Reverse Culture ShockFlying home was not flying home. Flying home meant grabbing the homing pigeon inside of me and twisting its imaginary magnet one hundred and eighty degrees to the north instead of southwards to Australia. The magnet still twitched stubbornly north even as the plane droned over Darwin, five hours before I finally reached home. Except it wasn't home. Sydney now looked as foreign as the glossy travel leaflets I grabbed from Singapore, its shine not quite matching the missing substance of my once childhood home.Reverse Culture Shock4 years ago in Short Stories More Like This
"Thank you for choosing Singapore Airlines I hope you will enjoy your stay in Sydney, or a warm welcome home."
Winter air slapped me like a bucket of ice water as I emerged, searching for my parents and my sister. For eight years, their voices were tinny and masked by static on the occasional phone calls home. Today, they sounded as brittle as ever, Australian accents barely sheathing the chill emanating from them.
"Welcome home, sis," said my sister with an unusually bright v
PressureSomething broke.Pressure4 years ago in Free Verse More Like This
A hard CRACK while sitting in
a soft chair. No pain registered.
The absence of it
is like watching explosions in space.
You follow the curve of your skull. You remember
how skulls are formed like tectonic plates.
Your head wants to be a planet,
volcanic, living, in change.
You continue to your left shoulder,
the one with all the problems.
But today, it has nothing to say.
Your rib cage moves
like oceanic waves, expecting a storm
that hasn't come.
You stand up,
you consider your legs,
nothing feels wrong,
But you can break
more than your body.
rootslike drowned men who have lost theirroots5 years ago in Free Verse More Like This
clothes and faces, they lay suspended
facing the sun and grinning without
eyes through the ripples of the water.
those passing by wonder how they got here,
these homeless men without fingers or toes
long spindly stumps twisting into lost roots:
reaching to the east, to the south,
to the homes they have forgotten.
Whiskey Laden DreamsBitter eyes and tears might taint a drink, but sitting in this bar alone with your stool pulled out next to me, and the Martini poured regardless of your presence still brings a smile to my face; despite the taste. I'm having a whiskey myself; dry. Yes, I know I don't drink, but every once in a while you need whiskey to solve an intricate problem, and mine is the distinct lack of alcohol in my life.Whiskey Laden Dreams4 years ago in Flash Fiction & Vignettes More Like This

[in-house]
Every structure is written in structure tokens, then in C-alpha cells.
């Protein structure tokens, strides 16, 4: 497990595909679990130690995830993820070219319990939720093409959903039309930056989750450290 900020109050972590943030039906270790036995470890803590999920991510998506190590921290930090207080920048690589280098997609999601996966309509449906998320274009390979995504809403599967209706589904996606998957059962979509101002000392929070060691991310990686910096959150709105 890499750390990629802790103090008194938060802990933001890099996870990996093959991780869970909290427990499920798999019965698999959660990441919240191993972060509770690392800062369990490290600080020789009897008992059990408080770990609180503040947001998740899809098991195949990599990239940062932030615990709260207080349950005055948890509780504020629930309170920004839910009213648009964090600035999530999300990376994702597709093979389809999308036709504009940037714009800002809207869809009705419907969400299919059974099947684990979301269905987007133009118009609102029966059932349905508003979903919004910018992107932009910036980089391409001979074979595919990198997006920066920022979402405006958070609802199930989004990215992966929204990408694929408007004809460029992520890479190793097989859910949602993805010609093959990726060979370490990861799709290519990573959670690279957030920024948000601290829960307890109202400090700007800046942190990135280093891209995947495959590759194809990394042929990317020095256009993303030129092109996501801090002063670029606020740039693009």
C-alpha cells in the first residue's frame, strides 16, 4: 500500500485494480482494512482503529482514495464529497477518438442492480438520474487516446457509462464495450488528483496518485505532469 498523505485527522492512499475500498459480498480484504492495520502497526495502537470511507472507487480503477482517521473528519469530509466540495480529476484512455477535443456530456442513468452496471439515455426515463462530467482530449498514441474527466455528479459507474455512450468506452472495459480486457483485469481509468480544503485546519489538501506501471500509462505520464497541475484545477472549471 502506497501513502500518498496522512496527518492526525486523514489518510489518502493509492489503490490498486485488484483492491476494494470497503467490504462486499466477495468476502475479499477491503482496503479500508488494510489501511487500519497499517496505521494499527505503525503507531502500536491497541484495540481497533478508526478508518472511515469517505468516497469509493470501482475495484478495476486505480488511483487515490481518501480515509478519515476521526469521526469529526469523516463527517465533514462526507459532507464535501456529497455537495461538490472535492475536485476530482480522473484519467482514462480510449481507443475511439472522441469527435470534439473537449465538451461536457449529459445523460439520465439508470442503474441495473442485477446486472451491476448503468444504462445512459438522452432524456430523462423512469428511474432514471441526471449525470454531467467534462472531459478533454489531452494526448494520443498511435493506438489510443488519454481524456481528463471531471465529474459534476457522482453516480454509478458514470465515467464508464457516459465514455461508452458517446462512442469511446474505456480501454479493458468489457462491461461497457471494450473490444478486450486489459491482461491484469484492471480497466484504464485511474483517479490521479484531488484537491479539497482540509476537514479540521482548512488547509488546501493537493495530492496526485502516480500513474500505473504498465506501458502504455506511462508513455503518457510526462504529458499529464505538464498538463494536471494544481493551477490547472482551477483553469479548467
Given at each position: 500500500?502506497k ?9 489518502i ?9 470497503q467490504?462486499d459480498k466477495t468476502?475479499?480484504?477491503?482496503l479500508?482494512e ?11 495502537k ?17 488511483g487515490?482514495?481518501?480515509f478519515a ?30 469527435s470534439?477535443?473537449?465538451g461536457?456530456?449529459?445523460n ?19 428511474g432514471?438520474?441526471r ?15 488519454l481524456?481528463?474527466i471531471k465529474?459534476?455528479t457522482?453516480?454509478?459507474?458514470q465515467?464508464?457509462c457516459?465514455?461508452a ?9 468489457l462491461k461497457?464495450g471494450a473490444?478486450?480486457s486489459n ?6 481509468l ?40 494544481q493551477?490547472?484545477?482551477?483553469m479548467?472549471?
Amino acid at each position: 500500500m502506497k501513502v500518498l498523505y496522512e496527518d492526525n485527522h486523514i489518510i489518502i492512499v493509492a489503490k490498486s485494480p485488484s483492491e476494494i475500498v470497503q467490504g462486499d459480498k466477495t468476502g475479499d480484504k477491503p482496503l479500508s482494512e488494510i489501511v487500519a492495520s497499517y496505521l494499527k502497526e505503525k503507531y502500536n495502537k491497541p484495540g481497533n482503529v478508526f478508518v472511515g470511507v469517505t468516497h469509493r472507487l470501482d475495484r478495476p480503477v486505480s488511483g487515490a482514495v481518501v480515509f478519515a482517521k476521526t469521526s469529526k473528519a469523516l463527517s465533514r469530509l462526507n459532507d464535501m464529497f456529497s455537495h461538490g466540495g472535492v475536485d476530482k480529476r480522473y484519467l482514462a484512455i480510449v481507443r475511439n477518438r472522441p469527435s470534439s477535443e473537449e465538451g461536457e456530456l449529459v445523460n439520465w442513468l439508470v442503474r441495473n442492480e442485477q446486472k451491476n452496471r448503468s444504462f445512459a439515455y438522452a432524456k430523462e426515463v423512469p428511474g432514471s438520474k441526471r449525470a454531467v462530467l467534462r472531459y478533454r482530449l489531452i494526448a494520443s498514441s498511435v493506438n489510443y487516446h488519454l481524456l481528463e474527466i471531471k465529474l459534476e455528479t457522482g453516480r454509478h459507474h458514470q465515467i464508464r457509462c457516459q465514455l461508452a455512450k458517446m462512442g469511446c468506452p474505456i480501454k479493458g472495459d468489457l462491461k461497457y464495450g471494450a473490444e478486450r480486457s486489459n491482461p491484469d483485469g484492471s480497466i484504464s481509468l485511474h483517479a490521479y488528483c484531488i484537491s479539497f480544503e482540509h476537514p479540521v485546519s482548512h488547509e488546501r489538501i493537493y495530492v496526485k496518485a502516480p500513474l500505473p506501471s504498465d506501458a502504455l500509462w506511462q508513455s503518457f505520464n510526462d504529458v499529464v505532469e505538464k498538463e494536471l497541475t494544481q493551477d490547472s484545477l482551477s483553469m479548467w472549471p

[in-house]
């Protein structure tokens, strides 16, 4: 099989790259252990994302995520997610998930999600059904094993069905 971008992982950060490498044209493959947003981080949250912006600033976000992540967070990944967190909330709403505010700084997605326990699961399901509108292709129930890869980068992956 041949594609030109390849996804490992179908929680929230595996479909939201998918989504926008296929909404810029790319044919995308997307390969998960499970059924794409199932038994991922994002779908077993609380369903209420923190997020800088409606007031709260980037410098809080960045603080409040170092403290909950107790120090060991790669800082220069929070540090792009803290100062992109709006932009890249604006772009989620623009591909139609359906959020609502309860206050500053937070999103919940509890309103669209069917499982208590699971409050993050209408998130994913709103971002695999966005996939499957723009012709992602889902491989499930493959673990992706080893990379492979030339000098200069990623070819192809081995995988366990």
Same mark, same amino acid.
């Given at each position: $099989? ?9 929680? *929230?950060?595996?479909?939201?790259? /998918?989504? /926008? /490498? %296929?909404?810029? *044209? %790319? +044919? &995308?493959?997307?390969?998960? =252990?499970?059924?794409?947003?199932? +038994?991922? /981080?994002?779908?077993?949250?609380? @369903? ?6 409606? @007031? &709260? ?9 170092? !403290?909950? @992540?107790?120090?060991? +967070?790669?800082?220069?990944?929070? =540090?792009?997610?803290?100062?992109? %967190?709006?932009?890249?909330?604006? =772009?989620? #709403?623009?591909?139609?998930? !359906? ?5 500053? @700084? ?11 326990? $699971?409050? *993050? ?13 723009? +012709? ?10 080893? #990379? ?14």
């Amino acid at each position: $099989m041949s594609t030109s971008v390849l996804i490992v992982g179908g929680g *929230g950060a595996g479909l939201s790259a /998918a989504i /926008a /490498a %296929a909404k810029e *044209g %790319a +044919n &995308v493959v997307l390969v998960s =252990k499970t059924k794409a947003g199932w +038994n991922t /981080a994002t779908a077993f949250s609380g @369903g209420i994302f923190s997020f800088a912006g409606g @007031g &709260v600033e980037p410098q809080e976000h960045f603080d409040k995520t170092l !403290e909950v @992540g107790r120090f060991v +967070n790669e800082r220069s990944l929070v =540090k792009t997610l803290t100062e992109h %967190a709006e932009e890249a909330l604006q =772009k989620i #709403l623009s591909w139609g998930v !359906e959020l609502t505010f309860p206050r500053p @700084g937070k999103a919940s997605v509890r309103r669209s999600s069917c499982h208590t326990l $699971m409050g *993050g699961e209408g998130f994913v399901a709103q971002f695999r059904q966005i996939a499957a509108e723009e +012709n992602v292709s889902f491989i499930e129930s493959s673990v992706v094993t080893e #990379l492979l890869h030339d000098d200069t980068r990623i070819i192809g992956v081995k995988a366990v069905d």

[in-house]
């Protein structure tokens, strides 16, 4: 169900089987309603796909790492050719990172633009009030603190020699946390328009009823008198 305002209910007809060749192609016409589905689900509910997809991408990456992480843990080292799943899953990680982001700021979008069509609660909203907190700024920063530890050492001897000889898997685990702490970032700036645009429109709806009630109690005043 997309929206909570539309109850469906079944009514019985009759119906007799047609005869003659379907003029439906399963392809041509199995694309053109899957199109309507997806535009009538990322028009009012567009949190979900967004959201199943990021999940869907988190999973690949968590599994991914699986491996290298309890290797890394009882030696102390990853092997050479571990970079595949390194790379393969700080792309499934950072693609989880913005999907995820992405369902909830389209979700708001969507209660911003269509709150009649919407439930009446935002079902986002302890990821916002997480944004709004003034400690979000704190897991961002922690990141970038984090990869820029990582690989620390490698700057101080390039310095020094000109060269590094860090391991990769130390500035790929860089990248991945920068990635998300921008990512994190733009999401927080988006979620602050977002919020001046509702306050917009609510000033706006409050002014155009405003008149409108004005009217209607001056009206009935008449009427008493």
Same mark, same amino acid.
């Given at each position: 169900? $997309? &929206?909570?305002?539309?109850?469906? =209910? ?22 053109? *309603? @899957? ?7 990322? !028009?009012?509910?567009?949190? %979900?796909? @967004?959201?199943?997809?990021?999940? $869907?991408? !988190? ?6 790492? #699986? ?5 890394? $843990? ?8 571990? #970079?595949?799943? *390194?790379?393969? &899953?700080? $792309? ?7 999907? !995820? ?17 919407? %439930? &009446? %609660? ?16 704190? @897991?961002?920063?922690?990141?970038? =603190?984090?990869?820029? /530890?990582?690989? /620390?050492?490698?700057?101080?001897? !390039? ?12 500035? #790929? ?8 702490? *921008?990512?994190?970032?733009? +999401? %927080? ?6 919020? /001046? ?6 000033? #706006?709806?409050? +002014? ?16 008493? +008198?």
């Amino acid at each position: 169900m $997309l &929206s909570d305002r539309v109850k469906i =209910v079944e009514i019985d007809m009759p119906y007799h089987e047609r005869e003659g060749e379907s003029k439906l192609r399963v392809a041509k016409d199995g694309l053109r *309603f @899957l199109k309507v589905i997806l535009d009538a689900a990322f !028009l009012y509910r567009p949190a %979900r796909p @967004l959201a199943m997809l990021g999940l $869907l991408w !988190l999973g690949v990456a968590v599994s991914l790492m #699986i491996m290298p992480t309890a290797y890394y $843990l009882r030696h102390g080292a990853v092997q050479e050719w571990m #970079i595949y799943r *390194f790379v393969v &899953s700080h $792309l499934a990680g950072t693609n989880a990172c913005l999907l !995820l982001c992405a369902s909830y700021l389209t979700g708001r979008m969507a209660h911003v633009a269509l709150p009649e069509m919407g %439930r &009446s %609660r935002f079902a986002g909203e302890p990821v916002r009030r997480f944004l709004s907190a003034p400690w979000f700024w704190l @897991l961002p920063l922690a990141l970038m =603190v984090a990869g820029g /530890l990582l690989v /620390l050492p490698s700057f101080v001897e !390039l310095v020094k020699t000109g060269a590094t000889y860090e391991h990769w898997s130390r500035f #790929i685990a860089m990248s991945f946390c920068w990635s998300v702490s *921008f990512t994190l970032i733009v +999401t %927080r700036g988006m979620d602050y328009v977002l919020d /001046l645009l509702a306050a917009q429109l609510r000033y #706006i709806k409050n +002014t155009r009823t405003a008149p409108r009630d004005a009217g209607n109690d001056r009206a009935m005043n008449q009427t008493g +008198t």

There are people everywhere and it amazes me how none of them are you, from the woman in the black dress coming down the stairs to the signing couple in the corner, laughing silently. They're not you at all, and that's what's amazing in an ocean of coal you're a marble pebble, smooth to the touch and pleasant to the eye, and you don't leave me scarred.
I'll kick back the tumbler for now, refilling your drink when necessary, despite you never having it. The waitress will look at me with tired eyes and concerned words, but I'll insist I'm drinking with a friend, whilst that sad g
of the ground-of the ground4 years ago in Short Stories More Like This
It was Sunday night when Geo climbed into my room from the fire escape. I was painting my toenails and listening to the sounds of the city: police sirens, pulsating bass, the kids in my tenement running guitar riffs back and forth with the street musicians on the sidewalk. That was the year I turned sixteen and took a two-month vow of silence to honor the death of autumn. A premature snow had robbed the season of its delicate warmth and color, forcing the maples to weep their leaves into the gutters. All that rainwater, all that decay. How could anyone create when October was dying outside their windows? Pete and Jake practiced acoustic that entire month. The rest of us were too fragile to play in suicide weather, when the right chords might move us to open our veins.
Geo sat down next to me, examining my bottle of red lacquer. "'To Eros is Human,'" he read, and rolled his eyes. "I'll keep that in mind."
I offered him my shoebox of nail polish. He selected a purple the color of opium